Depression Didn’t Kill Robin Williams, Says His Widow — Lewy Body Dementia Did
The widow of late actor Robin Williams has opened up to reporters about her husband’s suicide last August, and she says that depression wasn’t the culprit. Robin Williams had been diagnosed …
The widow of late actor Robin Williams has opened up to reporters about her husband’s suicide last August, and she says that depression wasn’t the culprit.
Robin Williams had been diagnosed with Parkinson’s disease a little over a year before he decided to take his own life. According to his wife, Susan Williams (née Schneider), the actor was suffering from Lewy body dementia, which is often comorbid with Parkinson’s disease and other brain disorders.
After Williams’s suicide, rumors swirled about why the funnyman had killed himself. But his wife told ABC in an exclusive interview that it wasn’t depression, which most people blamed, nor was it a resurgence of Williams’s former drug and alcohol addiction.
In fact, the actor, who was a Chicago native, had been sober for eight years, and his autopsy revealed neither drugs nor alcohol in his system.
Lewy body dementia, also called dementia with Lewy bodies (DLB), can change one’s thinking and reasoning. According to the Alzheimer’s Association, it can also cause alternating confusion and alertness, visual hallucinations, delusions, trouble interpreting visual information, and nervous system malfunctions.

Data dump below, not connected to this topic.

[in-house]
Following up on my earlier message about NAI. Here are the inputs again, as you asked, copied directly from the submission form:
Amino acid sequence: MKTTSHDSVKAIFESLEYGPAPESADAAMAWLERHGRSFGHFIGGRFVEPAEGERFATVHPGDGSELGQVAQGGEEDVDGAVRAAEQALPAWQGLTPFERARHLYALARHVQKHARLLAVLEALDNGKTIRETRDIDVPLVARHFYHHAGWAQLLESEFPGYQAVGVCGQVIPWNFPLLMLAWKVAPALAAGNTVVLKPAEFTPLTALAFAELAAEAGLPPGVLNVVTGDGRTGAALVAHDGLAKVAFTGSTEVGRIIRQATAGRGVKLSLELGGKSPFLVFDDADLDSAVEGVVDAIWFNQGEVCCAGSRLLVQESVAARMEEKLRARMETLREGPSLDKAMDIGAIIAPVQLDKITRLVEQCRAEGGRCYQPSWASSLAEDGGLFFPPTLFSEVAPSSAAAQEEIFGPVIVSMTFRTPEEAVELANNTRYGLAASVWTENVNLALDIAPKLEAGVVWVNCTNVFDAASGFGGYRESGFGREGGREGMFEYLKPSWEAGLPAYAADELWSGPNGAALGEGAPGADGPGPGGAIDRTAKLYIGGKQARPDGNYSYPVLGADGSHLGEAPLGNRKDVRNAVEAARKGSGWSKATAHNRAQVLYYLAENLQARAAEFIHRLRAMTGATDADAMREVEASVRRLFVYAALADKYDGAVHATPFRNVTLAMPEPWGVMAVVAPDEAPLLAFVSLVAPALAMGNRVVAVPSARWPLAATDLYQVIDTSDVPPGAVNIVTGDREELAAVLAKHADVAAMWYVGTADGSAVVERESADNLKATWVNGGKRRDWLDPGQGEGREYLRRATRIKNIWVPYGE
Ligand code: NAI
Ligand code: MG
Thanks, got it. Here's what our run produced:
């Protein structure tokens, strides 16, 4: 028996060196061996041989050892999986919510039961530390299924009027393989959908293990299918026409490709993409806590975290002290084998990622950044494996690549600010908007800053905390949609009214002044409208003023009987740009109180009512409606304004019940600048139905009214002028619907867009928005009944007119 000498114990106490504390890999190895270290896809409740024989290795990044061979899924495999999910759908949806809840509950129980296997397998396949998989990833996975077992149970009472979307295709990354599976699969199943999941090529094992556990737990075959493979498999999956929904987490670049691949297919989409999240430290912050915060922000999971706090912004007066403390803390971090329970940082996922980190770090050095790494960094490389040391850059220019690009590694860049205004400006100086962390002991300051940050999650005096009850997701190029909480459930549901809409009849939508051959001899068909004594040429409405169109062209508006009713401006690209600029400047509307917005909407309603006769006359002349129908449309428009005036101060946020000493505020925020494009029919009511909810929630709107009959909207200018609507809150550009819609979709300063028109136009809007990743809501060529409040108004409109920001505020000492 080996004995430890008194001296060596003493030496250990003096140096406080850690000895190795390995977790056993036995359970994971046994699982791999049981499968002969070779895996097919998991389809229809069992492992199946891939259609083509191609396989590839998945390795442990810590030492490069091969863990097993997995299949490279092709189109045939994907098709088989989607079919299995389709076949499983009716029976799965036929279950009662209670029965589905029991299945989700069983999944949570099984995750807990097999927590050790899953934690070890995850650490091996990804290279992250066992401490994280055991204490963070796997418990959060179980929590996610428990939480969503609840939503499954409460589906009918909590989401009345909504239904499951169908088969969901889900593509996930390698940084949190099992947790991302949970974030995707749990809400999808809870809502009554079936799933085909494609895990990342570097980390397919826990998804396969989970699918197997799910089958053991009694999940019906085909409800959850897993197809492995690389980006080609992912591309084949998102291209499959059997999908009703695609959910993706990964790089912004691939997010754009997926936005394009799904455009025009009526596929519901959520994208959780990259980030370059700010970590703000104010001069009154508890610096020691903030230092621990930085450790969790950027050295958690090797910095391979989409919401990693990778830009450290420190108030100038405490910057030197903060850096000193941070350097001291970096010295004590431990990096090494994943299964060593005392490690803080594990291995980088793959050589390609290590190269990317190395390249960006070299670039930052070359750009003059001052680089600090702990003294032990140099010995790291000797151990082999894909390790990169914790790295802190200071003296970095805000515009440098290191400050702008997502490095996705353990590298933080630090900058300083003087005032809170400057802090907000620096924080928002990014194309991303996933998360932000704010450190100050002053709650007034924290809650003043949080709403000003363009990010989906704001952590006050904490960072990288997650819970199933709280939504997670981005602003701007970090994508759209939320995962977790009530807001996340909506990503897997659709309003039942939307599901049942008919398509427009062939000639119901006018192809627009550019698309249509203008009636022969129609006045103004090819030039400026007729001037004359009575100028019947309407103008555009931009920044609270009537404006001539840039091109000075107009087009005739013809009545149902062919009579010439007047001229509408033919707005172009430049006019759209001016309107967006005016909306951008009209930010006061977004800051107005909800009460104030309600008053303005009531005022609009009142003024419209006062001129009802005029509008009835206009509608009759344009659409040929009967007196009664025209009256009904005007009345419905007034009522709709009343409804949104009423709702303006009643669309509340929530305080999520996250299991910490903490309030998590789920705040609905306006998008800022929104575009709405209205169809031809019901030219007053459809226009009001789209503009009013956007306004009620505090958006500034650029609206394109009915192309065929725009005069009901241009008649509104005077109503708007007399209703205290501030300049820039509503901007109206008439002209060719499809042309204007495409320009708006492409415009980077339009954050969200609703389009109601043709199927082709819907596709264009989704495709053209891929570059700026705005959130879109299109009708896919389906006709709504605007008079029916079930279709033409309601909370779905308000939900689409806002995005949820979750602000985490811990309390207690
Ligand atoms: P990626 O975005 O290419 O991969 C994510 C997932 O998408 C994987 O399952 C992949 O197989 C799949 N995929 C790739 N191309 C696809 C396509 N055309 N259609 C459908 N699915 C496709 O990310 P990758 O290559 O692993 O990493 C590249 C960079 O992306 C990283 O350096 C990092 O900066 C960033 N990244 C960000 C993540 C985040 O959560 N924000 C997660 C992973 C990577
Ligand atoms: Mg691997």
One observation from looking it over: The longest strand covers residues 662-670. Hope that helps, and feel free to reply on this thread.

All of these issues occur when the disease begins killing the outer and mid-layer brain cells and distorts the surviving cells in brain structures known as “Lewy bodies,” reports Mic.com.
Many people already experience trouble sleeping at night. Research shows that lying awake for periods of 15 to 20 minutes or more can prolong sleeplessness and lead to problems like insomnia. DLB has even more serious consequences than dragging the next day due to lack of sleep. The Alzheimer’s Association explains that patients who suffer from this condition are also prone to acting out dreams, sometimes violently, as the result of rapid eye movement (REM) sleep disorder.
Memory problems and Parkinson’s symptoms are can also occur with DLB, the latter of which can have debilitating effects and impair movement.
As for Williams, shortly before his death he had been experiencing severe stomach pains and digestive problems along with sleeplessness, said his wife.
The numerous symptoms of DLB resulted in her husband’s death, said Susan Williams.
“It was not depression that killed Robin,” she told People magazine. “Depression was one of let’s call it 50 symptoms and it was a small one.”